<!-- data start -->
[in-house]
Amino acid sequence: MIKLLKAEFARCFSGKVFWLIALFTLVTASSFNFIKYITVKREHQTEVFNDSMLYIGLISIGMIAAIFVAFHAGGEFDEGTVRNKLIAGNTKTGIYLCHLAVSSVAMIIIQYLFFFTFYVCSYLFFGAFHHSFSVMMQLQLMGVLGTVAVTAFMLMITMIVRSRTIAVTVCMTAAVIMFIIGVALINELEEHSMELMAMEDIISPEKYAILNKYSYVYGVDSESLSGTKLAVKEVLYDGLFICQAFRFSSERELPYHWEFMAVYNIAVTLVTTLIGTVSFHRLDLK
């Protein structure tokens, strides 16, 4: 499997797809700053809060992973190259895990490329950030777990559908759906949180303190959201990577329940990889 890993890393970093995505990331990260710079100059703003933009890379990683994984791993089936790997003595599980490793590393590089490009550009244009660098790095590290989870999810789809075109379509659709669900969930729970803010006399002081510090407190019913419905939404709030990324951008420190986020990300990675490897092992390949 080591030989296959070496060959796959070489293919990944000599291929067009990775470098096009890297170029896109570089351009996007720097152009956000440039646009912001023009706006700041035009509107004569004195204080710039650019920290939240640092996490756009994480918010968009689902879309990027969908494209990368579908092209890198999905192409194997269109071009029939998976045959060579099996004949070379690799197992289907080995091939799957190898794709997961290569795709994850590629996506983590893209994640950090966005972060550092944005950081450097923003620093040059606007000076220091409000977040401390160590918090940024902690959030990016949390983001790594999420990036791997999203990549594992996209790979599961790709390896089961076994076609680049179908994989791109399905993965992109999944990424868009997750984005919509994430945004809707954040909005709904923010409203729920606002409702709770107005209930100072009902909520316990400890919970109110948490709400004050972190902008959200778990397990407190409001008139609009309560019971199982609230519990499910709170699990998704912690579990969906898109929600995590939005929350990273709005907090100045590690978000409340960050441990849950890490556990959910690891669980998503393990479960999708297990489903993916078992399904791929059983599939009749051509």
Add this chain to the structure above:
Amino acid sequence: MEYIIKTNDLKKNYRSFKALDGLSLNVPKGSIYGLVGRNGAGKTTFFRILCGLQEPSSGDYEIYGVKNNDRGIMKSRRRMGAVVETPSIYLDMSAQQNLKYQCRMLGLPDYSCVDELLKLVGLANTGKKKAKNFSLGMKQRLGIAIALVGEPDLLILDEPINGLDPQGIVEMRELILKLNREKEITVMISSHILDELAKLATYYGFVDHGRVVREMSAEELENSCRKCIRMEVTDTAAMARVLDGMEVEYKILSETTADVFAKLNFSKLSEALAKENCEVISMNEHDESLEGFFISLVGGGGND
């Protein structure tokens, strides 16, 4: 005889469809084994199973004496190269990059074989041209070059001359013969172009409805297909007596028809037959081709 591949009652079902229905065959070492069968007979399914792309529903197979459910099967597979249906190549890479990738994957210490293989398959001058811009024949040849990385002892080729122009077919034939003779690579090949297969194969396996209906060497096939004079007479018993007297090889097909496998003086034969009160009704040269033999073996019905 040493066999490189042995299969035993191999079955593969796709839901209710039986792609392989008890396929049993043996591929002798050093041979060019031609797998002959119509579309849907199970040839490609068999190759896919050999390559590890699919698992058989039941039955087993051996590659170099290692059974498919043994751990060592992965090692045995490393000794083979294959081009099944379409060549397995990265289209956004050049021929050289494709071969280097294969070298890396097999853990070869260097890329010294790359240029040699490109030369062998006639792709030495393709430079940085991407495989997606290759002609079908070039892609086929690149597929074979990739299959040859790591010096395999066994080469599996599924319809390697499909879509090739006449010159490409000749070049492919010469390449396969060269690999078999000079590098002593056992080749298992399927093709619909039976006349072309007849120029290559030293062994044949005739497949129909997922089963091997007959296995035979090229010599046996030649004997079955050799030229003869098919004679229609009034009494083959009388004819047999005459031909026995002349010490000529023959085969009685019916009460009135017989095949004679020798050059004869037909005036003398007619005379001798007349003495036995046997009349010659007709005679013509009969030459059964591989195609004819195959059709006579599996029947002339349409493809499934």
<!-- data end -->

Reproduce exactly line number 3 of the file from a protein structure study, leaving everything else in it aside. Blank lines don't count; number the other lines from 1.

């Protein structure tokens, strides 16, 4: 499997797809700053809060992973190259895990490329950030777990559908759906949180303190959201990577329940990889 890993890393970093995505990331990260710079100059703003933009890379990683994984791993089936790997003595599980490793590393590089490009550009244009660098790095590290989870999810789809075109379509659709669900969930729970803010006399002081510090407190019913419905939404709030990324951008420190986020990300990675490897092992390949 080591030989296959070496060959796959070489293919990944000599291929067009990775470098096009890297170029896109570089351009996007720097152009956000440039646009912001023009706006700041035009509107004569004195204080710039650019920290939240640092996490756009994480918010968009689902879309990027969908494209990368579908092209890198999905192409194997269109071009029939998976045959060579099996004949070379690799197992289907080995091939799957190898794709997961290569795709994850590629996506983590893209994640950090966005972060550092944005950081450097923003620093040059606007000076220091409000977040401390160590918090940024902690959030990016949390983001790594999420990036791997999203990549594992996209790979599961790709390896089961076994076609680049179908994989791109399905993965992109999944990424868009997750984005919509994430945004809707954040909005709904923010409203729920606002409702709770107005209930100072009902909520316990400890919970109110948490709400004050972190902008959200778990397990407190409001008139609009309560019971199982609230519990499910709170699990998704912690579990969906898109929600995590939005929350990273709005907090100045590690978000409340960050441990849950890490556990959910690891669980998503393990479960999708297990489903993916078992399904791929059983599939009749051509």